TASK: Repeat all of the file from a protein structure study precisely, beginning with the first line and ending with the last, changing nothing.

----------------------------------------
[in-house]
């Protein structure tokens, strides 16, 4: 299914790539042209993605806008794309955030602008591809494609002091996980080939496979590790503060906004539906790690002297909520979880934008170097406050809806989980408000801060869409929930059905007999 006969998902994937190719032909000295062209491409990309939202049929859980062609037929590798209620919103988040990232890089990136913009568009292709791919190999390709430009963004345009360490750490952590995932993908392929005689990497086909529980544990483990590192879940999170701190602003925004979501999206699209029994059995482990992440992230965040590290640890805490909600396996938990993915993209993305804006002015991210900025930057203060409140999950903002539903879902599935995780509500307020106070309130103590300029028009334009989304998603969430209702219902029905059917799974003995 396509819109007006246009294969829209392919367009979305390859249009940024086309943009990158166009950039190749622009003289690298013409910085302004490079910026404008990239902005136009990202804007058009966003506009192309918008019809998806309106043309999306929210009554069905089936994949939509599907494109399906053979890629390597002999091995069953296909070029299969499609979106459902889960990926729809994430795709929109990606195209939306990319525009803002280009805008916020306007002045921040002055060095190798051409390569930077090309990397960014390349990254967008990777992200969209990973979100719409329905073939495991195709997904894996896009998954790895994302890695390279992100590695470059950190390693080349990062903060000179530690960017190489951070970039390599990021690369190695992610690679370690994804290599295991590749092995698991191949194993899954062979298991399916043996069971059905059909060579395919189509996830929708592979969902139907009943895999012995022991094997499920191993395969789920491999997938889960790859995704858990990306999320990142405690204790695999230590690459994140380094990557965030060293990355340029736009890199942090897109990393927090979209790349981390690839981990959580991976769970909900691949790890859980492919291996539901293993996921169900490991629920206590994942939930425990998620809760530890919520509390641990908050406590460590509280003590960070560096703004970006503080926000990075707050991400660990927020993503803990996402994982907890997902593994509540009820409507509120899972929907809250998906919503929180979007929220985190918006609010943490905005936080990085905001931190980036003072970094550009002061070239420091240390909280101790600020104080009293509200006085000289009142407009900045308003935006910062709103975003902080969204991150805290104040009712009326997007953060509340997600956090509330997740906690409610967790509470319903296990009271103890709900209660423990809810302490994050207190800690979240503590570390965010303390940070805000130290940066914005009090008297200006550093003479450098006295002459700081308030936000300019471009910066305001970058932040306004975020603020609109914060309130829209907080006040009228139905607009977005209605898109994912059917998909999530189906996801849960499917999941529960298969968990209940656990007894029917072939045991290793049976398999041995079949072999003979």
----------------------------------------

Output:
[in-house]
């Protein structure tokens, strides 16, 4: 299914790539042209993605806008794309955030602008591809494609002091996980080939496979590790503060906004539906790690002297909520979880934008170097406050809806989980408000801060869409929930059905007999 006969998902994937190719032909000295062209491409990309939202049929859980062609037929590798209620919103988040990232890089990136913009568009292709791919190999390709430009963004345009360490750490952590995932993908392929005689990497086909529980544990483990590192879940999170701190602003925004979501999206699209029994059995482990992440992230965040590290640890805490909600396996938990993915993209993305804006002015991210900025930057203060409140999950903002539903879902599935995780509500307020106070309130103590300029028009334009989304998603969430209702219902029905059917799974003995 396509819109007006246009294969829209392919367009979305390859249009940024086309943009990158166009950039190749622009003289690298013409910085302004490079910026404008990239902005136009990202804007058009966003506009192309918008019809998806309106043309999306929210009554069905089936994949939509599907494109399906053979890629390597002999091995069953296909070029299969499609979106459902889960990926729809994430795709929109990606195209939306990319525009803002280009805008916020306007002045921040002055060095190798051409390569930077090309990397960014390349990254967008990777992200969209990973979100719409329905073939495991195709997904894996896009998954790895994302890695390279992100590695470059950190390693080349990062903060000179530690960017190489951070970039390599990021690369190695992610690679370690994804290599295991590749092995698991191949194993899954062979298991399916043996069971059905059909060579395919189509996830929708592979969902139907009943895999012995022991094997499920191993395969789920491999997938889960790859995704858990990306999320990142405690204790695999230590690459994140380094990557965030060293990355340029736009890199942090897109990393927090979209790349981390690839981990959580991976769970909900691949790890859980492919291996539901293993996921169900490991629920206590994942939930425990998620809760530890919520509390641990908050406590460590509280003590960070560096703004970006503080926000990075707050991400660990927020993503803990996402994982907890997902593994509540009820409507509120899972929907809250998906919503929180979007929220985190918006609010943490905005936080990085905001931190980036003072970094550009002061070239420091240390909280101790600020104080009293509200006085000289009142407009900045308003935006910062709103975003902080969204991150805290104040009712009326997007953060509340997600956090509330997740906690409610967790509470319903296990009271103890709900209660423990809810302490994050207190800690979240503590570390965010303390940070805000130290940066914005009090008297200006550093003479450098006295002459700081308030936000300019471009910066305001970058932040306004975020603020609109914060309130829209907080006040009228139905607009977005209605898109994912059917998909999530189906996801849960499917999941529960298969968990209940656990007894029917072939045991290793049976398999041995079949072999003979």